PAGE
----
There’s an App for That: Integrated disease control

There’s an App for That: Integrated disease control

In places where local populations face more than one infectious disease, health officials may choose to integrate disease control efforts in order to combat multiple diseases at once. Integration refers to the creation of linkages among existing programs to improve the delivery of health interventions given existing commitments and resources. To be effective, integrated disease control requires accurate measurement of variables such as infection patterns, local population structures, and resources.

Unfortunately, local disease control officers charged with making public health decisions rarely have access to tools that could help them understand the varying factors at work in the areas they manage. To address this lack, the authors of a new PLOS Neglected Tropical Diseases study have created an app that translates academic-level analysis into user-friendly text and data for the local officers in charge of public health campaigns.

The app, which focuses on the diseases schistosomiasis and malaria, tests the usefulness of integrated treatments such as insecticide-treated bed nets, indoor residual insecticide spraying, and the mass drug administration of parasite-killing medication. These integrated treatments would combat the spread of both diseases at once by killing the insects that carry them. A user can run the mathematical model twice: once with integrated treatment, such as maintaining canal-lining to prevent seepage where malaria-carrying mosquitos could breed, and once without. By comparing the two outcomes, the app allows users to decide if an integrated control program will be effective in their community.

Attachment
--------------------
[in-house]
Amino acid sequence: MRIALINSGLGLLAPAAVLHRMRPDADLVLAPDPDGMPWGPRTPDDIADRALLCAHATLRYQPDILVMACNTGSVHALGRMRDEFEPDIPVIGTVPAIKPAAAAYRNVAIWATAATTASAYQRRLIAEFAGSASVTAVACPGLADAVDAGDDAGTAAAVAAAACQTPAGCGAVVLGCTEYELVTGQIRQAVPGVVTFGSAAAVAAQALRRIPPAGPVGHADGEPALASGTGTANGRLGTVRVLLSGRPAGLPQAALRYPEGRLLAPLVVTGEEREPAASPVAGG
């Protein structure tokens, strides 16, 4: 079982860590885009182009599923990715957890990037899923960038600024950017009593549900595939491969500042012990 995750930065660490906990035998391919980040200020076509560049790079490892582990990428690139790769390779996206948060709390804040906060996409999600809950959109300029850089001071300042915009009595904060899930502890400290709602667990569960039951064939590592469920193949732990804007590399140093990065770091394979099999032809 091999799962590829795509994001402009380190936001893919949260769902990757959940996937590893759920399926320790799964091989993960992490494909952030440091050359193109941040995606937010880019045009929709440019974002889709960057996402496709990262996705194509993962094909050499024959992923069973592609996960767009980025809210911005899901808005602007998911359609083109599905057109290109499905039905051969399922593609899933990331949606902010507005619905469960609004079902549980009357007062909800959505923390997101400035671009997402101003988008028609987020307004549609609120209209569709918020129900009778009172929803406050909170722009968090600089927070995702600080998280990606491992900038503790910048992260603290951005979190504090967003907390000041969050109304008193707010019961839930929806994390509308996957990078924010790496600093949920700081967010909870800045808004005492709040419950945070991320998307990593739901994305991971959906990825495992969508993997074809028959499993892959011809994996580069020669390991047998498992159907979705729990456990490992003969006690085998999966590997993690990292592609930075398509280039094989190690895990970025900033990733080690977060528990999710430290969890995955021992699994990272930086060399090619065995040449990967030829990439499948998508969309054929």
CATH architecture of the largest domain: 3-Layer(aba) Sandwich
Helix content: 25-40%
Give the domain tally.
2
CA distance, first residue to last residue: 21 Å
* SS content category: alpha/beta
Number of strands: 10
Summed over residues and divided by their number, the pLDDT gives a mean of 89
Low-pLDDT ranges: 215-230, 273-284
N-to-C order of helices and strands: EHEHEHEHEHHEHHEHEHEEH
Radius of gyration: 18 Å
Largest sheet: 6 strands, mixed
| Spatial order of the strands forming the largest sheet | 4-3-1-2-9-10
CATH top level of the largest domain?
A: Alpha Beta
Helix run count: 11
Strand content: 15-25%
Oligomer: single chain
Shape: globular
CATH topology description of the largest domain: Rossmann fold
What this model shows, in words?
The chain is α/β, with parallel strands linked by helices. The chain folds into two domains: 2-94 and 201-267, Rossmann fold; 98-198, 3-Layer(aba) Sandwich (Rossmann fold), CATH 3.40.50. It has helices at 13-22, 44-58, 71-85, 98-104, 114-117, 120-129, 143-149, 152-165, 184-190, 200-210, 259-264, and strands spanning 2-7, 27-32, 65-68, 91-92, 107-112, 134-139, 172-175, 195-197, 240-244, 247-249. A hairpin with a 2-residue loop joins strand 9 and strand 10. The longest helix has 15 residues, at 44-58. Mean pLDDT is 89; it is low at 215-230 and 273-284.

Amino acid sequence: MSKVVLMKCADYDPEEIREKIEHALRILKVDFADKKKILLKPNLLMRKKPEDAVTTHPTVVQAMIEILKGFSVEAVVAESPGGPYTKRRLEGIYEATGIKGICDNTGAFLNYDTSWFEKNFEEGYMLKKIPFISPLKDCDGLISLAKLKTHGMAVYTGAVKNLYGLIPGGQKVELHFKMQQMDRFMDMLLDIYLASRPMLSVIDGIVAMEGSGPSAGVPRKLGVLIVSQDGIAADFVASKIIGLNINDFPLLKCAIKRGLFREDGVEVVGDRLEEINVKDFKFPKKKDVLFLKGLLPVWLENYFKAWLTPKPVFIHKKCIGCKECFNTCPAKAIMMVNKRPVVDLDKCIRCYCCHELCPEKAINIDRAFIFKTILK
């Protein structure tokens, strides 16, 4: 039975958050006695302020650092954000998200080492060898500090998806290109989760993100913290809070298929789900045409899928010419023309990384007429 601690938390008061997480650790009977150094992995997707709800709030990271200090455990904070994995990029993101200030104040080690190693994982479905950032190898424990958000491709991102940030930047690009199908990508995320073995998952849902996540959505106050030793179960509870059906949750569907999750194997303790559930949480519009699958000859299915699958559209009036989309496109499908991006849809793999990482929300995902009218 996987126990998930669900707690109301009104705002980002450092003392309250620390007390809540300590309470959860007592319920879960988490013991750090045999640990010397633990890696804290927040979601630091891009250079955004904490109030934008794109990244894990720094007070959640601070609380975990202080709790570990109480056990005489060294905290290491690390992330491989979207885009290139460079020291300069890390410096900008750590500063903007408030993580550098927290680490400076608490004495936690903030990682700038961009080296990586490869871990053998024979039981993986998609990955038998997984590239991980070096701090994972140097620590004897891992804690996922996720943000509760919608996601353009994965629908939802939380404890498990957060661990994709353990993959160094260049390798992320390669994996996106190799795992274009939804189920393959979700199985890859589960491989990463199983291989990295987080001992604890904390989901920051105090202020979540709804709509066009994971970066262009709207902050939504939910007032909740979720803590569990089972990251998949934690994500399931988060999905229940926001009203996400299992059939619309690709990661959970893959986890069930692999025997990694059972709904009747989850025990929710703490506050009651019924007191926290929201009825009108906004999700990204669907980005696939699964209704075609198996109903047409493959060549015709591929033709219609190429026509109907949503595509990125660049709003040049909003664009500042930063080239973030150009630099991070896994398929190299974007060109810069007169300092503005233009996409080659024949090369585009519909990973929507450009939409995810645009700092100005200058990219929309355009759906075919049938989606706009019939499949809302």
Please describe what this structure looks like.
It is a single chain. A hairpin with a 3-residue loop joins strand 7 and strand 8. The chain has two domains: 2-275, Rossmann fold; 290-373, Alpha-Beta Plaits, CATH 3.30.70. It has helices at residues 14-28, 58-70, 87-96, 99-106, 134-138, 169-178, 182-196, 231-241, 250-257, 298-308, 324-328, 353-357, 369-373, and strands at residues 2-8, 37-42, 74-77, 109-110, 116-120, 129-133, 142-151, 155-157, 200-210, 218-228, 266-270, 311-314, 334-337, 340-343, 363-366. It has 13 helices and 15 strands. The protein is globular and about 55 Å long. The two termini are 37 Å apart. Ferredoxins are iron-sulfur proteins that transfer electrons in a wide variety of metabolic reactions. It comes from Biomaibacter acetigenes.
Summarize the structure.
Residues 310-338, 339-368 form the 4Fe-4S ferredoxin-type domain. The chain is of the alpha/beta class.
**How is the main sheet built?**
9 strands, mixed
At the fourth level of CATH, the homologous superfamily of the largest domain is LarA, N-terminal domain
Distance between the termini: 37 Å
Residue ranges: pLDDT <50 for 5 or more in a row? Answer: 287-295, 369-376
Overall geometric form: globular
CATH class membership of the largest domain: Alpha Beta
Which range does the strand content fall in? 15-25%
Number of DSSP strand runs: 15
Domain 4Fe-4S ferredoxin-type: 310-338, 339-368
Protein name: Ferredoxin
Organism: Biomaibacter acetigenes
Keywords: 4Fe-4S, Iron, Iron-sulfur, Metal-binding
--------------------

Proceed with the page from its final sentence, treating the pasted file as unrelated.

Disease control officers in Mali, Uganda, and Yemen reacted positively, which suggests that this data-driven app could provide helpful recommendations to integrate schistosomiasis and malaria control efforts. The authors note that integrating disease programs can be difficult and requires significant human and financial resources. Therefore, “being able to ascertain the expected benefits—if any—is an important step forward” for the local officials working to combat these diseases.



Reference: Standley CJ, Graeden E, Kerr J, Sorrell EM, Katz R (2018) Decision support for evidence-based integration of disease control: A proof of concept for malaria and schistosomiasis. PLOS Neglected Tropical Diseases 12(4): e0006328.

Image Credit: Standley et al, (2018)


Avren Keating is a Publications Assistant for PLOS Neglected Tropical Diseases. They received their MFA in Creative Writing from Mills College. You can contact them at

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